The First Amendment to the United States Constitution precludes Congress from making any law “respecting an establishment of religion.” The Amendment’s prohibitions have generally been interpreted as applying to the other branches of the federal government, and, pursuant to the Fourteenth Amendment, to state governments as well.5 See Freedom From Religion Found. v. Hanover Sch. Dist., 665 F. Supp. 2d 58, 63 (D.N.H. 2009), aff’d, 626 F.3d 1 (1st Cir. 2010); but see Am. Legion v. Am. Humanist Ass’n, 139 S. Ct. 2067, 2095, 204 L. Ed. 2d 452 (2019) (Thomas, J., concurring) From this interpretation, the argument emerges that religious arbitration is constitutionally suspect, as it commandeers the secular judiciary to help enforce the judgments of religious tribunals.6See Michael J. Broyde, Playground Resurfacing and Religious Arbitration Are Very Similar Activities: Trinity Lutheran Church As Applied to Religious Arbitration, 18 Rutgers J. L. & Religion 298, 305 (2017). The most commonly raised objections are framed in terms of the “religious question” issue, whereby a court should not resolve issues of doctrinal controversy, see Walter, supra note 11, at 522-23, and the “nondelegation doctrine,” whereby the government “may not delegate important powers … to religious bodies,” Brian Hutler, Religious Arbitration and the Establishment Clause, 33 Ohio St. J. on Disp. Resol. 337, 350-51 (2018). The religious question issue will be discussed below, see text accompanying notes 64-65; the nondelegation doctrine issue is unpersuasive given the probable lack of state action in the enforcement of religious arbitration awards, coupled with any delegation of government powers in a way that’s somehow religiously preferential, see Michael A. Helfand, ‘the Peculiar Genius of Private-Law Systems’: Making Room for Religious Commerce, 97 Wash. U.L. Rev. 1787, 1821 (2020).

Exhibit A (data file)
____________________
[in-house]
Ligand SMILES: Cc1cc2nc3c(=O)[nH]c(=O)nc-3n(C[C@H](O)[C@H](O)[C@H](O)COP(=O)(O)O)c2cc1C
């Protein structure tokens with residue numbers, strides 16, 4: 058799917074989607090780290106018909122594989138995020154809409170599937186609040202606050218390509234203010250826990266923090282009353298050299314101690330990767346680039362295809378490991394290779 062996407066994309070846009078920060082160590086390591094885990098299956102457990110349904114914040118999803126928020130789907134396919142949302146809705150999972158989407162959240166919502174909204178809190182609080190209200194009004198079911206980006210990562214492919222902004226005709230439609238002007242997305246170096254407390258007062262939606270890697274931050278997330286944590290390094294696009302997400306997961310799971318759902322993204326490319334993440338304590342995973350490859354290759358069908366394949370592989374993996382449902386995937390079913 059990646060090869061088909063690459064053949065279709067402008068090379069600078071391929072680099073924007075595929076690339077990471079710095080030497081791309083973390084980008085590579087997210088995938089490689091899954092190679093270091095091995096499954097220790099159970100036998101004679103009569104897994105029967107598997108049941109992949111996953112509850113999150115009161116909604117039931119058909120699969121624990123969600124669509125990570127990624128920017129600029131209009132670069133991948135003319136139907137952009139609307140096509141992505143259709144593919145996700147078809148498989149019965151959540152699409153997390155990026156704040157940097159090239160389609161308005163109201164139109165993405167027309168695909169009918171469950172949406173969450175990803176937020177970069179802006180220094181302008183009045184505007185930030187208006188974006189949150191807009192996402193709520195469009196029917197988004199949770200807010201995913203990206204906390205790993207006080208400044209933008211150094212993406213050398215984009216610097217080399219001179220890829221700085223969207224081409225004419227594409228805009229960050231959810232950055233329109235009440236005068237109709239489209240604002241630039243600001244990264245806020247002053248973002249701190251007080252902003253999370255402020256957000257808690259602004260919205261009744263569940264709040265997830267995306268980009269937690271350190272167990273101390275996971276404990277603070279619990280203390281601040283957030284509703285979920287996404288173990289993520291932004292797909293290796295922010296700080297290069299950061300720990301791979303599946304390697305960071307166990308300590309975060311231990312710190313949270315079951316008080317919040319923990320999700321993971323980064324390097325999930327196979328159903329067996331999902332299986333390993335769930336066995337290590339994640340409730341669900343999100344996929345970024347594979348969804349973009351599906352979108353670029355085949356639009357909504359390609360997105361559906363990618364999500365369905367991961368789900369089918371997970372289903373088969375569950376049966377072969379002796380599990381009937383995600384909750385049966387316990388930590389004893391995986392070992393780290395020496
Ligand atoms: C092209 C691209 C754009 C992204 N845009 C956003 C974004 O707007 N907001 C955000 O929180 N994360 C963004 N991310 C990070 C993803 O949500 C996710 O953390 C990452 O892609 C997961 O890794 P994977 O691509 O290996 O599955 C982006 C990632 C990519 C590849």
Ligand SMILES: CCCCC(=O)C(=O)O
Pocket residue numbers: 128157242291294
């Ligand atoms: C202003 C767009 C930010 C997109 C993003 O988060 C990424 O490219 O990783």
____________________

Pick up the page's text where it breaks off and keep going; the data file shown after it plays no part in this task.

Consider, for example, the following hypothetical: parties to a religious arbitration agreement submit their commercial dispute to a religious tribunal as per the terms of their agreement. The tribunal finds that one of the parties defrauded the other. Fully consistent with the terms of the agreement, the tribunal imposes upon the losing party an obligation to recite a prayer of forgiveness. The losing party ignores the tribunal’s decision, failing to comply with its terms. The victorious party brings suit in federal court, under the FAA, to enforce the tribunal’s decision. Granting the relief requested would effectively entail the court ordering the counterparty to recite the aforementioned prayer of forgiveness.